Article: DNA methylation analysis of the angiotensin converting enzyme (ACE) gene in major depression.[show abstract] [hide abstract]
ABSTRACT: The angiotensin converting enzyme (ACE) has been repeatedly discussed as susceptibility factor for major depression (MD) and the bi-directional relation between MD and cardiovascular disorders (CVD). In this context, functional polymorphisms of the ACE gene have been linked to depression, to antidepressant treatment response, to ACE serum concentrations, as well as to hypertension, myocardial infarction and CVD risk markers. The mostly investigated ACE Ins/Del polymorphism accounts for ~40%-50% of the ACE serum concentration variance, the remaining half is probably determined by other genetic, environmental or epigenetic factors, but these are poorly understood. The main aim of the present study was the analysis of the DNA methylation pattern in the regulatory region of the ACE gene in peripheral leukocytes of 81 MD patients and 81 healthy controls. We detected intensive DNA methylation within a recently described, functional important region of the ACE gene promoter including hypermethylation in depressed patients (p = 0.008) and a significant inverse correlation between the ACE serum concentration and ACE promoter methylation frequency in the total sample (p = 0.02). Furthermore, a significant inverse correlation between the concentrations of the inflammatory CVD risk markers ICAM-1, E-selectin and P-selectin and the degree of ACE promoter methylation in MD patients could be demonstrated (p = 0.01 - 0.04). The results of the present study suggest that aberrations in ACE promoter DNA methylation may be an underlying cause of MD and probably a common pathogenic factor for the bi-directional relationship between MD and cardiovascular disorders.PLoS ONE 01/2012; 7(7):e40479. · 4.09 Impact Factor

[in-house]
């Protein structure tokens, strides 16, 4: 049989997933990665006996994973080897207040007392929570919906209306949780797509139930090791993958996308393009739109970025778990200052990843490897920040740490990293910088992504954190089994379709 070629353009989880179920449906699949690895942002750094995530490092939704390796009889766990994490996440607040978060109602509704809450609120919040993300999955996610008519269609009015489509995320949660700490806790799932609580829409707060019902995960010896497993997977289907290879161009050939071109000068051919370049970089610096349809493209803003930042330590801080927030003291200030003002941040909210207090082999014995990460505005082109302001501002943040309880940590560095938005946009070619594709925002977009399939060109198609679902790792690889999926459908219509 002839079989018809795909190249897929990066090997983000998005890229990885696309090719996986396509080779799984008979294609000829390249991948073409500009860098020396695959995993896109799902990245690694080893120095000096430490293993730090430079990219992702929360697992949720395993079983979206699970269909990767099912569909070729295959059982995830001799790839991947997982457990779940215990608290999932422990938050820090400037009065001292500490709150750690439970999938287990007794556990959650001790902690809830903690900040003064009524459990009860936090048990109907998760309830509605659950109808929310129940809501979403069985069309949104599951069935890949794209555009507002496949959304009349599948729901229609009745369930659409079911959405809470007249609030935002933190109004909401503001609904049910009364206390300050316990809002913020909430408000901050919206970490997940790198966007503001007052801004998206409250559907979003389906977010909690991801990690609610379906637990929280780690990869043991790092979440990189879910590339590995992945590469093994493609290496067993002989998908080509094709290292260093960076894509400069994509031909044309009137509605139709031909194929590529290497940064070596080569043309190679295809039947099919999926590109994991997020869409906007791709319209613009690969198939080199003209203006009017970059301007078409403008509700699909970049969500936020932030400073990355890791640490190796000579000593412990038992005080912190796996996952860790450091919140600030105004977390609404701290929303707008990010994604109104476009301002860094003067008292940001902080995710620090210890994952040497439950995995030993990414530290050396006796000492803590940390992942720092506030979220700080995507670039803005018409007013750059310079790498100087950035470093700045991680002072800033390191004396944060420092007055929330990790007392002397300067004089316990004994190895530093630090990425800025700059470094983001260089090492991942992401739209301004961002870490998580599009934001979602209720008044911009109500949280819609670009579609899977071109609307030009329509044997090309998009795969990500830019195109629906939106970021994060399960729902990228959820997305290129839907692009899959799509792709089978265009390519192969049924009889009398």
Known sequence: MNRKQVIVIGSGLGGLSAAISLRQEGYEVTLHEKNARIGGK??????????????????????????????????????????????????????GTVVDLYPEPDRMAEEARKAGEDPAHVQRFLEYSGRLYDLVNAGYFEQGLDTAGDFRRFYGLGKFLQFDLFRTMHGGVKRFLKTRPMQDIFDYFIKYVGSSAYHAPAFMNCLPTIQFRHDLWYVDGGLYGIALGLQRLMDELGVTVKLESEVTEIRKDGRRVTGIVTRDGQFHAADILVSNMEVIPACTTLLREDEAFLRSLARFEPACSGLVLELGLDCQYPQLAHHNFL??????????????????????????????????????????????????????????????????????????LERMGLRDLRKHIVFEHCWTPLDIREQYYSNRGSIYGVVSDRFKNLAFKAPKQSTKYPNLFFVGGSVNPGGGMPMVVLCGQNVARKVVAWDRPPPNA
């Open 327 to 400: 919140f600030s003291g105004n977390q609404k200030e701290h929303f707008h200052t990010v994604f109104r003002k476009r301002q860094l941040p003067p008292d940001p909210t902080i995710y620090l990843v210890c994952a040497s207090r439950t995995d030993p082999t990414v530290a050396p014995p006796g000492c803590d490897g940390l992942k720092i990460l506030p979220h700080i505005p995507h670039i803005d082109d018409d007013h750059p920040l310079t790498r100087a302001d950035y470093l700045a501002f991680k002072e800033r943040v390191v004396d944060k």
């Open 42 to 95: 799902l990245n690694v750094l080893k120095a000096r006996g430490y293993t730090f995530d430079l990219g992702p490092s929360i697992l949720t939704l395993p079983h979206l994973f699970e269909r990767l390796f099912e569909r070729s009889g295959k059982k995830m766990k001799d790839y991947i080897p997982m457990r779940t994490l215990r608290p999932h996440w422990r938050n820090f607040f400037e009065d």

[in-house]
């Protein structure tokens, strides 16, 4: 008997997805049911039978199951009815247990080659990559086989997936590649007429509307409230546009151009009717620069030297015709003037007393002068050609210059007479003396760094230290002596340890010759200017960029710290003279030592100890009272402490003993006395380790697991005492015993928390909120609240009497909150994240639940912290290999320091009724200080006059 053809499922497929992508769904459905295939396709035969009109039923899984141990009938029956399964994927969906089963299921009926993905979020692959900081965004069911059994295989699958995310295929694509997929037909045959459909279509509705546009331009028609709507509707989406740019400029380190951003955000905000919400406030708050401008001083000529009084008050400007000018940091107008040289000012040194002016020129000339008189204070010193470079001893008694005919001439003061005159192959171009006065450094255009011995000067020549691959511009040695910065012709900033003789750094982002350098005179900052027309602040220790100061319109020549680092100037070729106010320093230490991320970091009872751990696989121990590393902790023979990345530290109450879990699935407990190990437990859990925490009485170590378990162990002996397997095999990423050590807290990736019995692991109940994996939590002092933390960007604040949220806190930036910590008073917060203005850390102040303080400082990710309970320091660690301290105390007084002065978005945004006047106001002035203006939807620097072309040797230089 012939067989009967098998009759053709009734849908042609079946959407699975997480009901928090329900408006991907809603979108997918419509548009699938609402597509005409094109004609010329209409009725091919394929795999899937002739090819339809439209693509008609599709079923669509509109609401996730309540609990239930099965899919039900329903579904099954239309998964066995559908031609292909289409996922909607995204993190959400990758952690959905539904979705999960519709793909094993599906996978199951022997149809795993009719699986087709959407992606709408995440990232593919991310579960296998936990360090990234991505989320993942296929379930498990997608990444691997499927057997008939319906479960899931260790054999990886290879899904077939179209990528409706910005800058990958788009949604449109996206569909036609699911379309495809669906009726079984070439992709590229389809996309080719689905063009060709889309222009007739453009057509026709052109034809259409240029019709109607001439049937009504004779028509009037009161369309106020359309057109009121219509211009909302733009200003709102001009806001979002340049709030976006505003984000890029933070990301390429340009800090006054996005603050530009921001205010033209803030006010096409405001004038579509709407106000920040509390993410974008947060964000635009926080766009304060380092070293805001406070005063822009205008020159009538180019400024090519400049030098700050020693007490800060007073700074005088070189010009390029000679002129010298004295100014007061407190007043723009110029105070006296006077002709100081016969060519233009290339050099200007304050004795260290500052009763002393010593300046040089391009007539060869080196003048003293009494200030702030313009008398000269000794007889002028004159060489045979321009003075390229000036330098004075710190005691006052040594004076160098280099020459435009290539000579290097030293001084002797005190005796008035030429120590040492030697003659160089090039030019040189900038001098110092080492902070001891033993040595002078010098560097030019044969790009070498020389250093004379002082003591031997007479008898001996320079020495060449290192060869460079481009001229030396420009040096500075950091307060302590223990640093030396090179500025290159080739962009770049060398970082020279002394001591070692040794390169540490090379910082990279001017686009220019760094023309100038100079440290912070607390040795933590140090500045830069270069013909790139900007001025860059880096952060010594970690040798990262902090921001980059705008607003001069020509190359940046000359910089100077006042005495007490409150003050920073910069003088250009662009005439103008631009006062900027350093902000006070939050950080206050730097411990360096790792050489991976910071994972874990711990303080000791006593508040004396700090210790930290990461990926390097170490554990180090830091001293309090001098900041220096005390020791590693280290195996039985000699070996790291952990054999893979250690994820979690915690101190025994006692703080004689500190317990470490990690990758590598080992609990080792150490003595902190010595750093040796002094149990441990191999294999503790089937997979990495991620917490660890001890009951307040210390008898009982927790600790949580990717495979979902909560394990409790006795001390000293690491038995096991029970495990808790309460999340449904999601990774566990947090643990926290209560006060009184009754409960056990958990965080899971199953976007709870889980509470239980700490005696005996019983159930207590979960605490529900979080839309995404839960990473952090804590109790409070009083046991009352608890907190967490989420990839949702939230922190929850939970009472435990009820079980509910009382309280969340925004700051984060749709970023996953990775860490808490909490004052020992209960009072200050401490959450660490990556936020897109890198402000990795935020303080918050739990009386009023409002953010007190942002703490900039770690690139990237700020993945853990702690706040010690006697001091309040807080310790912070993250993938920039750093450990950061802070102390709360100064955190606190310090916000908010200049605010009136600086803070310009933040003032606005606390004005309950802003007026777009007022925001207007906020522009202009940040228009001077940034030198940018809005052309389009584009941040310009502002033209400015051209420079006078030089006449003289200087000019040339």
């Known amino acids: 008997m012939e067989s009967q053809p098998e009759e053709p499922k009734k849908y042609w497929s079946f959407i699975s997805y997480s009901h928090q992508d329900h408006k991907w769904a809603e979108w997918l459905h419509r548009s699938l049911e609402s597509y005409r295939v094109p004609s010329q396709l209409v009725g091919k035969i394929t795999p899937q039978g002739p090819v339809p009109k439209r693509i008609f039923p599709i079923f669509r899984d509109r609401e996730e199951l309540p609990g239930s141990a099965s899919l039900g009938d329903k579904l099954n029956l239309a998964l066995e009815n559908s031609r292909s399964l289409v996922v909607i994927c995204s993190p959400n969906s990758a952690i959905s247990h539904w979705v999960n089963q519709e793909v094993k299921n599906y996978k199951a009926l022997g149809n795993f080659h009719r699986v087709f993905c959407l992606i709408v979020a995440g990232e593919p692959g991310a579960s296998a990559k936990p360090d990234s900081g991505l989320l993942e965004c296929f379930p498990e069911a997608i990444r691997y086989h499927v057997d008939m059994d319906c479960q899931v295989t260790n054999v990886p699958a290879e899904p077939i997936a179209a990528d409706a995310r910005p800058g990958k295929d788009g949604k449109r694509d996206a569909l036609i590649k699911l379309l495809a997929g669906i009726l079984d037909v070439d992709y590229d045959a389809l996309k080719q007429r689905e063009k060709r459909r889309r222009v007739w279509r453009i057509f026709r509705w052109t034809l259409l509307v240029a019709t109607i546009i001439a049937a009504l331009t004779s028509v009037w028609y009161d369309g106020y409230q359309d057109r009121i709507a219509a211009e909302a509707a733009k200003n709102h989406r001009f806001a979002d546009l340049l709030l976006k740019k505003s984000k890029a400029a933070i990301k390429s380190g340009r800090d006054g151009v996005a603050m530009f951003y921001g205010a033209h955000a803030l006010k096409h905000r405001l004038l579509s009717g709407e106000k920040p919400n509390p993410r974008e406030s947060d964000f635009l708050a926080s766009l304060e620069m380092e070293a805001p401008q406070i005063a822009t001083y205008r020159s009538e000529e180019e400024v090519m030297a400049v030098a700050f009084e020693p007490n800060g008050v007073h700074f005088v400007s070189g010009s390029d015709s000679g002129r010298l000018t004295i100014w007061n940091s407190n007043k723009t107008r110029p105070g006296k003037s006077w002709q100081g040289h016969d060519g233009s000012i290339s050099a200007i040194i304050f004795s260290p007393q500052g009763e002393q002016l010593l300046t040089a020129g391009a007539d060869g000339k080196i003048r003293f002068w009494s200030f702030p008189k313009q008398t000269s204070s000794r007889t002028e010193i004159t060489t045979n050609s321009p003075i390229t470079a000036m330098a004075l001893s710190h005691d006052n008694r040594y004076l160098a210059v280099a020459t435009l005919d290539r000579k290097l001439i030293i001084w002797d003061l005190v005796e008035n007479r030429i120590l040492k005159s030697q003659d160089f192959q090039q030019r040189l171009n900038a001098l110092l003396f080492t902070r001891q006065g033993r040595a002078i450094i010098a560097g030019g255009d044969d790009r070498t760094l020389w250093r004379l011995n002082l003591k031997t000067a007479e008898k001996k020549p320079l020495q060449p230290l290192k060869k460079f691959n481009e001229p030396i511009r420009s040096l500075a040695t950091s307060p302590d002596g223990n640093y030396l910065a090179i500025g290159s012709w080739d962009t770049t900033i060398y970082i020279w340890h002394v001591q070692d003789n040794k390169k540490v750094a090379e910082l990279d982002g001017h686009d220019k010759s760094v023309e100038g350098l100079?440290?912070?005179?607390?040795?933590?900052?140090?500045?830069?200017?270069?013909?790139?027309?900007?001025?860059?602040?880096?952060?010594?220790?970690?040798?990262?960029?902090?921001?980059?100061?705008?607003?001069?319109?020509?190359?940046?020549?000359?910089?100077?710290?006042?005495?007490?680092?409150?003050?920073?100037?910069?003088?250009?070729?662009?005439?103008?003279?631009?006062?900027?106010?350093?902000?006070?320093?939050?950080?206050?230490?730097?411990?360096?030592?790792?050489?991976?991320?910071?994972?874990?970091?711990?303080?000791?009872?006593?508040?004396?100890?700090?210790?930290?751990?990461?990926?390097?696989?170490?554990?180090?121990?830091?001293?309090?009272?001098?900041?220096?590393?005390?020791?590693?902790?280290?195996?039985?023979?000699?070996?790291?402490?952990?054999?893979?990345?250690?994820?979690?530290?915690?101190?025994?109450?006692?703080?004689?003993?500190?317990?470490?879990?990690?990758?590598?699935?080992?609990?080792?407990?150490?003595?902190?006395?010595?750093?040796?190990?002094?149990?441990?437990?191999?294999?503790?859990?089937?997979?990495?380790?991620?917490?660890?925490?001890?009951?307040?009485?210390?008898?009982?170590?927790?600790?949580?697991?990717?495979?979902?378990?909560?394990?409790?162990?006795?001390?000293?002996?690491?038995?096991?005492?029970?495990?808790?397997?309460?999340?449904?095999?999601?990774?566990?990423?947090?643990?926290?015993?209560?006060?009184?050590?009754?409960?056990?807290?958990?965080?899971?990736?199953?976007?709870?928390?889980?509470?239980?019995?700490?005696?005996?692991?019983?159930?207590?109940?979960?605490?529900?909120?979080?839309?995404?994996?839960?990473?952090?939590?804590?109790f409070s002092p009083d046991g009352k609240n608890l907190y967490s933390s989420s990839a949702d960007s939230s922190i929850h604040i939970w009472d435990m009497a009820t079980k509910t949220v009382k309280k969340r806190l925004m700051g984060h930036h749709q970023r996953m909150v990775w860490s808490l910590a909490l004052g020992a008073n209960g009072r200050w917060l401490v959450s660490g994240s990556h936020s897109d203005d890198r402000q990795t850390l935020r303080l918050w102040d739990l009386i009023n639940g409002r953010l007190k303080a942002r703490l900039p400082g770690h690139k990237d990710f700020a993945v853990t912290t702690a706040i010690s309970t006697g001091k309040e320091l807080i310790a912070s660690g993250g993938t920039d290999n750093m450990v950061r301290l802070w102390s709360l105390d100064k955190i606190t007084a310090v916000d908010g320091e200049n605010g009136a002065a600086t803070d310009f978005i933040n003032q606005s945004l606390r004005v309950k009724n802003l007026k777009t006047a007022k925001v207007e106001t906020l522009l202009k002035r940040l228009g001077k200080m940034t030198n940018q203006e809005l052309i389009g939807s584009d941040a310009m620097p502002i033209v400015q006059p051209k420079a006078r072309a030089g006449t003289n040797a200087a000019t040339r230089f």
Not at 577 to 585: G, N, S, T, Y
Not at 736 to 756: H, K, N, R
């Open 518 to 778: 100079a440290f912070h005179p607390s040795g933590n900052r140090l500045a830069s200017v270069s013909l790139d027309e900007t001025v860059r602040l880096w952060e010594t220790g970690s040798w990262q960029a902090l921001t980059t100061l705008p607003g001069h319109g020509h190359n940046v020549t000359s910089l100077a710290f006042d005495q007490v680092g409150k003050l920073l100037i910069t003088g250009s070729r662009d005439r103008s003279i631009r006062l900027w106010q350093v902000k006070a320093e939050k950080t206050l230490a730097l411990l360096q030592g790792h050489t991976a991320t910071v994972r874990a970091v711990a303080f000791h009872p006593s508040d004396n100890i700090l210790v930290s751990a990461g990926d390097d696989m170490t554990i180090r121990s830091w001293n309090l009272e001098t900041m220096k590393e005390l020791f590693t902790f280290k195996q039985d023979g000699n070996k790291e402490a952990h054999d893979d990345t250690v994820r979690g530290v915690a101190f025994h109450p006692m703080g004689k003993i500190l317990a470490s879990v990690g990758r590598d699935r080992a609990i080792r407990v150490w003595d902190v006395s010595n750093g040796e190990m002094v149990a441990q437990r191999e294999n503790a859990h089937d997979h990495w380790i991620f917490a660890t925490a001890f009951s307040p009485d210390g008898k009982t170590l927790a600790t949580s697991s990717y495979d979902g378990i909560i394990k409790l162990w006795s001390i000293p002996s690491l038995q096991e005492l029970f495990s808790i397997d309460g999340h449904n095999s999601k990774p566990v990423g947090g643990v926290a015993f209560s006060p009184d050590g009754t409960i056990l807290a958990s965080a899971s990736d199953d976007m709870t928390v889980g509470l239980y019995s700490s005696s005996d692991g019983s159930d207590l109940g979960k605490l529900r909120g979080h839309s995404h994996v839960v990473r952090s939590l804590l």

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ABSTRACT: Animals constantly receive and respond to external or internal stimuli, and these experiences are learned and memorized in their brains. In animals, this is a crucial feature for survival, by making it possible for them to adapt their behavioral patterns to the ever-changing environment. For this learning and memory process, nerve cells in the brain undergo enormous molecular and cellular changes, not only in the input-output-related local subcellular compartments but also in the central nucleus. Interestingly, the DNA methylation pattern, which is normally stable in a terminally differentiated cell and defines the cell type identity, is emerging as an important regulatory mechanism of behavioral plasticity. The elucidation of how this covalent modification of DNA, which is known to be the most stable epigenetic mark, contributes to the complex orchestration of animal behavior is a fascinating new research area. We will overview the current understanding of the mechanism of modifying the methyl code on DNA and its impact on learning and memory.Molecular Brain 01/2011; 4:5.